1) Regarding (1), it is a long-held belief that certain foods are bad for us. We have been repeatedly told, for decades, that fat is bad, saturated fat is worse, red meat is trying to kill us, butter and cheese will clog our arteries (how this is even possible, unless you intravenously inject food, I know not!) This propaganda has become too ingrained for the general public to simply drop such non-sense overnight. It has become even more ingrained among the health professionals who spout it and they are, therefore, even less likely to change than the average person.

If one’s belief is that fat is bad, given that protein tends to stay fairly constant at 15-20% of most natural diets, the inevitable consequential belief is that carbohydrate must be good.

If one’s belief is that animal foods are bad, the inevitable consequential belief is that plant foods must be good.

If one’s belief is that red meat and dairy are bad, the inevitable consequential belief is that beans and tofu must be good.

Tofu, fruit, bread, potatoes, rice and pasta are at the top of the Flemish pyramid not because there is any evidence that these foods are healthier than offal, meat, fish, eggs and dairy products, but because the panel started from the erroneous belief that certain foods are bad and therefore other foods must be better. This was the fundamental flaw in the original dietary guidelines, dating back to the US in 1977. We don’t tell people to eat at least 55% of their diet in the form of carbohydrate because we know carbohydrate to be healthy. We don’t even know that it is safe in this volume. It is the inevitable consequence of telling people to eat no more than 30% of their diet in the form of fat.

2) This brings in (2). A more recent, and becoming equally common, belief is that we can feed more people with plants than animals. People who believe this, believe that it takes several kilograms of grain to make one kilogram of meat. If this were true, notwithstanding that the grain is a comparatively poor provider of nutrition, it would be UNsustainable. This may be the case in the U.S. and, where it is, it should stop. It is not the case in the UK and Europe and should not be the case anywhere in the world (Ref 1). Ruminants need to graze on the land for the rejuvenation of top soil and the protection of the planet’s ability to produce food. Their water should fall freely from the sky and their food is freely available in the pastures below. Grain should not be wasted on our grazing ‘tractors’ – indeed ruminants are no more able to digest modern grains than are humans.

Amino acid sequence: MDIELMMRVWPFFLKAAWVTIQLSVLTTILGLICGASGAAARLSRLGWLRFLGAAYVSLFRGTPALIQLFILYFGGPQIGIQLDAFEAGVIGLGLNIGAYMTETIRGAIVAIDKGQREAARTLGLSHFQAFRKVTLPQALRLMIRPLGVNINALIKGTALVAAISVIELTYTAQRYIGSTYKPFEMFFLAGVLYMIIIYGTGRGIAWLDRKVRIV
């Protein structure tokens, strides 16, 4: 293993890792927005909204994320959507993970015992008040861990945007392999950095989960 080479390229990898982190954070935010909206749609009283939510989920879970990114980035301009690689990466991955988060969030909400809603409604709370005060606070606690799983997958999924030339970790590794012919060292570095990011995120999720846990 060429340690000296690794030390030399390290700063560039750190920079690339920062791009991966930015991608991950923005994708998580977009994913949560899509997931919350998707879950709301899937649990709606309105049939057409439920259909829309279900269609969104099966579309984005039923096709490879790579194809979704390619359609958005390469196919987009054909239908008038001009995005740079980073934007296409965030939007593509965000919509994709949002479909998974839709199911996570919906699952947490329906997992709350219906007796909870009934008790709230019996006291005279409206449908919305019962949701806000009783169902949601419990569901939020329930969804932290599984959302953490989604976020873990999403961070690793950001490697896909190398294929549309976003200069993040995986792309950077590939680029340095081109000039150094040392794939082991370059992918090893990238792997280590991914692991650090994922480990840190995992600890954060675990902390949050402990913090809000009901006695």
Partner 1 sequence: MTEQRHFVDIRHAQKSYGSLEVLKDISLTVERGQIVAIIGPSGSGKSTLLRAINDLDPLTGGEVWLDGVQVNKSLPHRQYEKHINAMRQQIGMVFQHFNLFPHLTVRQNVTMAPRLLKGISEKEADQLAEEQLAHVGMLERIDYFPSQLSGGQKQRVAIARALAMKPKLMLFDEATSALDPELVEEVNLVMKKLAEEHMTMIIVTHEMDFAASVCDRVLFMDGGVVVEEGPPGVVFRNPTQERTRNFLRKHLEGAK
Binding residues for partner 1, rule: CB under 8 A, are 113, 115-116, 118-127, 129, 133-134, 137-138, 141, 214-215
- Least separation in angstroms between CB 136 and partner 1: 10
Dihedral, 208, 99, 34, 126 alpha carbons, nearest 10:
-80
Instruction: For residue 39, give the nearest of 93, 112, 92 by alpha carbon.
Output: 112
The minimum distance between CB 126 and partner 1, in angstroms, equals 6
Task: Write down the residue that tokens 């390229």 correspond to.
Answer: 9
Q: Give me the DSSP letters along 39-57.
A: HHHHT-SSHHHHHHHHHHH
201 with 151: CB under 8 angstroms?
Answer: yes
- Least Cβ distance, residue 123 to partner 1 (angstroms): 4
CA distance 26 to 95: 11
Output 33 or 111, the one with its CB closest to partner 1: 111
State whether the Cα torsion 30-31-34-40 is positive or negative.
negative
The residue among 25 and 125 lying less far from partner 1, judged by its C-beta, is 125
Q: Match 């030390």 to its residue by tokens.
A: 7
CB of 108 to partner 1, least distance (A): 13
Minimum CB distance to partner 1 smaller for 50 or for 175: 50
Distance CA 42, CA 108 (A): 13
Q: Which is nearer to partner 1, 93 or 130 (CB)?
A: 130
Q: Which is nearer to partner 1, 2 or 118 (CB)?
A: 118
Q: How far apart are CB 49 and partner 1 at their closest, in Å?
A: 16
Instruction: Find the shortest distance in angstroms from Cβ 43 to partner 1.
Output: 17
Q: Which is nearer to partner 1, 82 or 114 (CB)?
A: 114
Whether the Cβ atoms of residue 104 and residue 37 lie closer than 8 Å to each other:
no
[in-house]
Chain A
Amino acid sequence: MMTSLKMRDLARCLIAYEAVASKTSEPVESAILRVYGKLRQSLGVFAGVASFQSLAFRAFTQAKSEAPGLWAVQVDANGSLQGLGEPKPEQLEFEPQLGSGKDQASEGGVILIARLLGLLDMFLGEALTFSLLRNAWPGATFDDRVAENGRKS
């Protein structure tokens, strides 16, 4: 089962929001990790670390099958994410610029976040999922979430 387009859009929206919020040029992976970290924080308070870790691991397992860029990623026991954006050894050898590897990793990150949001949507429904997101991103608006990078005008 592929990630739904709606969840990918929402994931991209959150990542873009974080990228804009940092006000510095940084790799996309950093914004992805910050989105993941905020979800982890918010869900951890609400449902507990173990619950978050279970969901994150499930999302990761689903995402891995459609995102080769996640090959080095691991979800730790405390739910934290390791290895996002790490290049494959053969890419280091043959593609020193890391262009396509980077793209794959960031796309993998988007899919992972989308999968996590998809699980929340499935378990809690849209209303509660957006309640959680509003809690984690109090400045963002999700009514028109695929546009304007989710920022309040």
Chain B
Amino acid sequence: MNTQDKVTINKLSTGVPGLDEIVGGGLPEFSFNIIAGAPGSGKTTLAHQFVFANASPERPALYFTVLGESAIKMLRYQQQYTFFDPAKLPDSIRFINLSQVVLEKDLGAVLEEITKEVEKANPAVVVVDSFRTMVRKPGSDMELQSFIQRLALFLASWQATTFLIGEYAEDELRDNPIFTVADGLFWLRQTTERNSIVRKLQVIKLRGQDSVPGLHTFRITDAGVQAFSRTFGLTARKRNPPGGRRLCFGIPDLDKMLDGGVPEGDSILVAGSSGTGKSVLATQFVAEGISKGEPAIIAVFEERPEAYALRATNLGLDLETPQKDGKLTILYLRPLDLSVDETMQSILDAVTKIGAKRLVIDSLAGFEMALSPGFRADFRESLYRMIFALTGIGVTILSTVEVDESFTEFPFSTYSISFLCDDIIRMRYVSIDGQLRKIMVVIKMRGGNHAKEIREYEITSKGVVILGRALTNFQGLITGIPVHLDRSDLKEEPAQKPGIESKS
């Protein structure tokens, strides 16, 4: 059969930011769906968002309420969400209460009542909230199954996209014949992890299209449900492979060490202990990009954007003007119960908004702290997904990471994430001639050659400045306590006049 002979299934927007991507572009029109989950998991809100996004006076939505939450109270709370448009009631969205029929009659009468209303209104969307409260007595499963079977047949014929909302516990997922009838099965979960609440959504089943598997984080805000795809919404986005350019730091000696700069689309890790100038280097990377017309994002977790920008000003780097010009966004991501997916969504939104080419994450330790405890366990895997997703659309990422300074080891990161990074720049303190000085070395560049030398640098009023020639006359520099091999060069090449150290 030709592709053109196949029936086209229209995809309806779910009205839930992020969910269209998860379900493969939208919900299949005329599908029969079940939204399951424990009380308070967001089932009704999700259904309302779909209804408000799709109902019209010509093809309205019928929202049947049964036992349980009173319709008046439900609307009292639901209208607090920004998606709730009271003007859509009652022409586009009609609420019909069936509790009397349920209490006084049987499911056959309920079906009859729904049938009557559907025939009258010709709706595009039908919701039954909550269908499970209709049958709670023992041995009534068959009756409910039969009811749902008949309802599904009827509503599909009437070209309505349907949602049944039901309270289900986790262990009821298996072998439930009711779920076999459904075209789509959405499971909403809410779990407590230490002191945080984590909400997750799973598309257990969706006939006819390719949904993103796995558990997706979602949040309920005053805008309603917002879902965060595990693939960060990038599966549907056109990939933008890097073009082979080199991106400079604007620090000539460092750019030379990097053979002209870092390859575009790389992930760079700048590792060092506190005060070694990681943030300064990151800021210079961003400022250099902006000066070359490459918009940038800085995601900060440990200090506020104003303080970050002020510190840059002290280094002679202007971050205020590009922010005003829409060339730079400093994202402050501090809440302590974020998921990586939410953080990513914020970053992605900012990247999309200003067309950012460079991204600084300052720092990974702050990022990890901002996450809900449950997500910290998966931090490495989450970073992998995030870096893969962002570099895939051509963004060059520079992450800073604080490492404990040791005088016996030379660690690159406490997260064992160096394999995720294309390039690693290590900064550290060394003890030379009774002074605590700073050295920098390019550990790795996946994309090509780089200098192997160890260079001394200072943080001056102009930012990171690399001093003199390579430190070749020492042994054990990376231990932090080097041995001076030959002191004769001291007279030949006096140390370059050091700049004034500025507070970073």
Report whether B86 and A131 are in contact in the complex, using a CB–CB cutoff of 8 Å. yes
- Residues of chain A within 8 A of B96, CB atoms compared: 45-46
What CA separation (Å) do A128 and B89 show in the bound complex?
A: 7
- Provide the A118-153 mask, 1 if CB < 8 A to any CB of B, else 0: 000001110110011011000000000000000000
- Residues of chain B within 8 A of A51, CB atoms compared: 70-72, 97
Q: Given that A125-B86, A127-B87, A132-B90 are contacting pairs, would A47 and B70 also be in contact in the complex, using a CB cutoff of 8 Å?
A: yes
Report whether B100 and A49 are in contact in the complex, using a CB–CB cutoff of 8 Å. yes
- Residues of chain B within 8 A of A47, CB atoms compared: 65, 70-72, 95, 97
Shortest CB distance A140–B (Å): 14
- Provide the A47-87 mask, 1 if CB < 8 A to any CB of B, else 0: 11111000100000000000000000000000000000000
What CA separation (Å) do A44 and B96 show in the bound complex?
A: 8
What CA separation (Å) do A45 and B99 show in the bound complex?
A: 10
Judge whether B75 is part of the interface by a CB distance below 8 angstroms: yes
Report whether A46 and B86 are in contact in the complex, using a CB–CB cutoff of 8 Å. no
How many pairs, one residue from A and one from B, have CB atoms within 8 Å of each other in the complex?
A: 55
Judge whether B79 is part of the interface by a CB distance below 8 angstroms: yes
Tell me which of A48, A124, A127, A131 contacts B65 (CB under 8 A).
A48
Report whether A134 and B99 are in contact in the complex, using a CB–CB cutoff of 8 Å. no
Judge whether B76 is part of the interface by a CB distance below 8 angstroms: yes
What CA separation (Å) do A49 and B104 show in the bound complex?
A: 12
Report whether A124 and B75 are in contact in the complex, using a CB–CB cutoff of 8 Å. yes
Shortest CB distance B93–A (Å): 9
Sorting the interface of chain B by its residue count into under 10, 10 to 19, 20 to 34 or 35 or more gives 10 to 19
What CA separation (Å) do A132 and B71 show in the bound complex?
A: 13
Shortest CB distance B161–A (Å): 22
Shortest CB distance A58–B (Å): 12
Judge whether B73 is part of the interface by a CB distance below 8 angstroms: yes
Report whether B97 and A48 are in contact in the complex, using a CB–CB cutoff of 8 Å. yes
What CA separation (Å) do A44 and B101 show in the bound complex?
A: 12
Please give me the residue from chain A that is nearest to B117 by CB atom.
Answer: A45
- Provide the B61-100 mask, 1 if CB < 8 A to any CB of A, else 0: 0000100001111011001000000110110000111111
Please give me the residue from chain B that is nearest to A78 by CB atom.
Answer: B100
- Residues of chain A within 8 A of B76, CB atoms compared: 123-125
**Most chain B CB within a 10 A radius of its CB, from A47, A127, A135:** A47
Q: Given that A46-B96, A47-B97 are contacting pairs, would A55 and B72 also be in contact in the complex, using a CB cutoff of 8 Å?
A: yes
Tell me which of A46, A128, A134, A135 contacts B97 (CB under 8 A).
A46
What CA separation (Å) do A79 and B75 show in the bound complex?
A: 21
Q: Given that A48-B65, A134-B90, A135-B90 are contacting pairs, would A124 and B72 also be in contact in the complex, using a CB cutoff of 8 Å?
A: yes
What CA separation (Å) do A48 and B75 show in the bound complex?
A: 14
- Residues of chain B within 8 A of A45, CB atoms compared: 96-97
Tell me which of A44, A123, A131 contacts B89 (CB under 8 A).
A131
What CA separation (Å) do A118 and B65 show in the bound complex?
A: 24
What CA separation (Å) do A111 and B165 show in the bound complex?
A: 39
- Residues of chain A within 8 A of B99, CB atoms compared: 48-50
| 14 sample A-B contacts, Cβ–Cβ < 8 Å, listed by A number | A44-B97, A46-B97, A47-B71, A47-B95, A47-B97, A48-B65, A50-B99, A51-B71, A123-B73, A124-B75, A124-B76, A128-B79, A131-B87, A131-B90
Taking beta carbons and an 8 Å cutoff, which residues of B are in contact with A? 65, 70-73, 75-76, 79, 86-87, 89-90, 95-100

Amazonian rainforests are not under threat from grazing cattle. They are under threat from massive deforestation to make room for soybean production. Soybeans that are intended to feed cattle, which must cease; and soybeans that are intended to feed human beings, who follow their government dietary guidelines. The latter should also cease, for the health of our planet and population (Ref 2).

The basic facts about nutrition, and our nutrient requirements, tell us that plants compare poorly with animals. Tofu and pasta can’t end up in the prime slot on an evidence-based food pyramid. This can only happen if there is false assumption that the most nutritious foods are bad – for people and/or the planet. That is the belief system that led to the Flanders food pyramid.

This is the vegan utopia. The trouble is – the ultimate end game is a world where all available land is used for plant food. Ruminants would be redundant. Their vital role in rejuvenating top soil would also cease. The soil in the fields with plant food would diminish year on year. Every rainfall would wash more of it away, making the rivers even browner than they are now (as the process is well under way with our unnatural grain consumption). Within years, probably not even decades, the soil would be unable to grow crops. Fear not – this is also the utopia for ‘agri-business.’ Such companies can already grow ‘food’ in sheds without soil, sunlight or water. The plant food utopia culminates in the likes of Cargill and Monsanto controlling the food supply and thus ruling the world. Every plant-based food pyramid takes this plot for a James Bond movie one step closer to reality.

 

References
Ref 1: An interesting article on this can be seen here: (https://www.forbes.com/sites/timworstall/2012/09/03/it-does-not-take-7-kg-of-grain-to-make-1-kg-of-beef-be-very-careful-with-your-statistics/#2cc6845e5f0d).
Ref 2: This 20 minute video about the role of ruminants may be of interest.
Liver: http://nutritiondata.self.com/facts/poultry-products/666/0
Sirloin steak: http://nutritiondata.self.com/facts/beef-products/7493/2
Sardines: http://nutritiondata.self.com/facts/finfish-and-shellfish-products/4114/2
Broccoli: http://nutritiondata.self.com/facts/vegetables-and-vegetable-products/2356/2
Apple: http://nutritiondata.self.com/facts/fruits-and-fruit-juices/1809/2
Brown rice: http://nutritiondata.self.com/facts/cereal-grains-and-pasta/5706/2
Olive oil: http://nutritiondata.self.com/facts/fats-and-oils/509/2